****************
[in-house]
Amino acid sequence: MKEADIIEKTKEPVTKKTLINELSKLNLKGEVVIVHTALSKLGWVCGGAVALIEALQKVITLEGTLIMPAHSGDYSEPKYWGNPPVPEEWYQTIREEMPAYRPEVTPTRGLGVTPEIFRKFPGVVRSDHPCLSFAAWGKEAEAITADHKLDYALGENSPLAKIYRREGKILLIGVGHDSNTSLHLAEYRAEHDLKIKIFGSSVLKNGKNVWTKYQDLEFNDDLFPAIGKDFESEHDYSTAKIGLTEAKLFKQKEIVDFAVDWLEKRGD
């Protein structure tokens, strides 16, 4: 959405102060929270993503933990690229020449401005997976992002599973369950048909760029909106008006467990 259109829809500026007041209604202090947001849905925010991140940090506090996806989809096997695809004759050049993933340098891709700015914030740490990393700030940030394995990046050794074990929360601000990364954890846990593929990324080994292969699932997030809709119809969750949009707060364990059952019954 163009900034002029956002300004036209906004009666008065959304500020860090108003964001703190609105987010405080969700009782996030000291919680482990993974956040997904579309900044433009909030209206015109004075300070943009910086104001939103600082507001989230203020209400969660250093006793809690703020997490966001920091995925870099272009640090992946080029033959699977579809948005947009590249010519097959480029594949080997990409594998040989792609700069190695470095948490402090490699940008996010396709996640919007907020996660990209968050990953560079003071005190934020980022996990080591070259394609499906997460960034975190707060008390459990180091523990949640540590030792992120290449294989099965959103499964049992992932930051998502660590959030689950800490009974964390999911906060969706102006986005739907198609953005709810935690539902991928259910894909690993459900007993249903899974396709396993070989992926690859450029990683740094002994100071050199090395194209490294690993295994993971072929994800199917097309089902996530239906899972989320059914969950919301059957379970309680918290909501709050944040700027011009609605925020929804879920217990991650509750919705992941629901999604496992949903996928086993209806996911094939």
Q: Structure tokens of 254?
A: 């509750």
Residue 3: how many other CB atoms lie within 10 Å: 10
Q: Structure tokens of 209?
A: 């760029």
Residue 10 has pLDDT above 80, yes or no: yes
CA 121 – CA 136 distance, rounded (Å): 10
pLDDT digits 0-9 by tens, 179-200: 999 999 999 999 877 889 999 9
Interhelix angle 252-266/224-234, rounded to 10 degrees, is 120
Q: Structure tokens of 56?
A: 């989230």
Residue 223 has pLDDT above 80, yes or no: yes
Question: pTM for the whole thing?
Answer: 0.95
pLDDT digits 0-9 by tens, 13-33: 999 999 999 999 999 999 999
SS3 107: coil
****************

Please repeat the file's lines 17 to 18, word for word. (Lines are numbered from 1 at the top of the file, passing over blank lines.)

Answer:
Answer: 0.95
pLDDT digits 0-9 by tens, 13-33: 999 999 999 999 999 999 999